This is it: The last Middle-earth movie directed by Peter Jackson, who gave fans of cinema and fantasy the tremendous and epic “Lord of the Rings” trilogy. His trilogy take on J.R.R. Tolkien’s children’s classic “The Hobbit” ended with the release of “The Battle of the Five Armies,” which at the time of writing this post sits atop the box office.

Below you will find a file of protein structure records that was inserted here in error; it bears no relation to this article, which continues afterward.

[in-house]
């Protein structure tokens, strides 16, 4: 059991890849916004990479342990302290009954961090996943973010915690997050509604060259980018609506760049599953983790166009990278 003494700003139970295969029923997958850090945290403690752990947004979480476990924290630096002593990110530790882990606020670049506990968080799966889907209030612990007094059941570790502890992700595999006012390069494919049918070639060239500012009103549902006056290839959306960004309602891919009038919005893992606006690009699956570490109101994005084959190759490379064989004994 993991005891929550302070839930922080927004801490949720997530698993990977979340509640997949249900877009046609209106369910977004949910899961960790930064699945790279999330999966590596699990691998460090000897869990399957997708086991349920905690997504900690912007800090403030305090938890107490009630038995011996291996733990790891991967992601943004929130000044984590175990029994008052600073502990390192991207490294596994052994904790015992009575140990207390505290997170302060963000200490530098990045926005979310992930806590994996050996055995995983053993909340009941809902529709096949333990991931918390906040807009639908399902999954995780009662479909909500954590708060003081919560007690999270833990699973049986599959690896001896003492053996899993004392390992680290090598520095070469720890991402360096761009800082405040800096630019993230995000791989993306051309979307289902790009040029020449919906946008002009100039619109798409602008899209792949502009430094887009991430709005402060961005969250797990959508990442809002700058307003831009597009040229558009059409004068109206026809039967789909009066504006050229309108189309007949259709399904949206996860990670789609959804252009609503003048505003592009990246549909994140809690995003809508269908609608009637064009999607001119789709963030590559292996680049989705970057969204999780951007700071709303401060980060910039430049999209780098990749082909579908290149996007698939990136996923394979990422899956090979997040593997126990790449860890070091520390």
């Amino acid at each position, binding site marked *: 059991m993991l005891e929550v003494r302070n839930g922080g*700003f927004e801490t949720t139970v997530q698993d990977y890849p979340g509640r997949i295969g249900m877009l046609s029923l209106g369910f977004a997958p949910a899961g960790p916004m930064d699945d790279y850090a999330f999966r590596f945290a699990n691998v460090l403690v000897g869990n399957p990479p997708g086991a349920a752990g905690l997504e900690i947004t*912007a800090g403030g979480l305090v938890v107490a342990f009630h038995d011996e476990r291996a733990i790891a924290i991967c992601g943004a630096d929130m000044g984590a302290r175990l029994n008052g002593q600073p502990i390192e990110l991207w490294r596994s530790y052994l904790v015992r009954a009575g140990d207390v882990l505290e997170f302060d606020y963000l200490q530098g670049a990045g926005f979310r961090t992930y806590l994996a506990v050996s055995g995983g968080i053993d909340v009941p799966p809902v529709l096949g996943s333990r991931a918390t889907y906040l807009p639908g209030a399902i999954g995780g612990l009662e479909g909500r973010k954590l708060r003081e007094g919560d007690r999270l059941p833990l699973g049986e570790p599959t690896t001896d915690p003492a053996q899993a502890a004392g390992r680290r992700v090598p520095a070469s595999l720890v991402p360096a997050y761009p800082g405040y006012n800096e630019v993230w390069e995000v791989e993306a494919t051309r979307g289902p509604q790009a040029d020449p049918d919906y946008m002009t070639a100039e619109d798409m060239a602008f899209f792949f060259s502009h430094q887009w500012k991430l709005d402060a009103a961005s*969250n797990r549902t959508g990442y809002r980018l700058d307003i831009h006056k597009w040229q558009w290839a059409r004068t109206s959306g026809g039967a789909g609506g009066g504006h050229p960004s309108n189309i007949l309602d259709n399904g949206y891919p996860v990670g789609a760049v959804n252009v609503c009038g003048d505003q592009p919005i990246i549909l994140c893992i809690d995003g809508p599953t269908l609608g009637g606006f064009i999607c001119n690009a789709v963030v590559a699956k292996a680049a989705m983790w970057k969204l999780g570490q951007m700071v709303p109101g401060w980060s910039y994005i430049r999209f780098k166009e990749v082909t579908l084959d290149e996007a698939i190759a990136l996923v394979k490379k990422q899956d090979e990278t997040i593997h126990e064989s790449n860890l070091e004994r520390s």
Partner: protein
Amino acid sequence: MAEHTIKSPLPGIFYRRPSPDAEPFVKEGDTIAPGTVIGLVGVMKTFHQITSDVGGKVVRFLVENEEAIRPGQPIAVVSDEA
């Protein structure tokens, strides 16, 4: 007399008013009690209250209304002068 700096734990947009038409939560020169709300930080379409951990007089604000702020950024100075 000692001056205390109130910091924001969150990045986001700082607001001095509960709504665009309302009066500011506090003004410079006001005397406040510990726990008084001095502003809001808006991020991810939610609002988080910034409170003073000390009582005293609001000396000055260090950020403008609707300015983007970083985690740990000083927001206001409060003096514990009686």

The finale focuses on the final 90 pages or so of the book, as well as events understood to be taking place concurrently in the Tolkien universe. The dragon Smaug goes to scorch the nearby town but is brought down by Bard, the until-previously disgraced ancestor of the king of the destroyed city of Esgaroth. The dragon’s death brings several peoples to the Lonely Mountain seeking its riches, but Thorin and his dwarven company close off the mountain to all seeking aid while he searches for his lost gem and family heirloom, the Arkenstone. The nearby Men and the Elves of Mirkwood join forces to siege the mountain and are set to do battle with Thorin’s brethren, who have come from the north as reinforcements, but then an army of Orcs come down on them to claim Erebor’s riches for their own. The dwarves, elves and men join forces to fight off a common foe, and they are able to win once Thorin and his group decide to join the fray (and once the Eagles come to save the day yet again), but Thorin is killed in the battle. Our titular hobbit, Bilbo Baggins, grieves the loss of his friend before setting out with the wizard Gandalf, who had his own dealings with the Necromancer (aka an early reiteration of Sauron) to take care of before joining the fight, on his journey home to the Shire.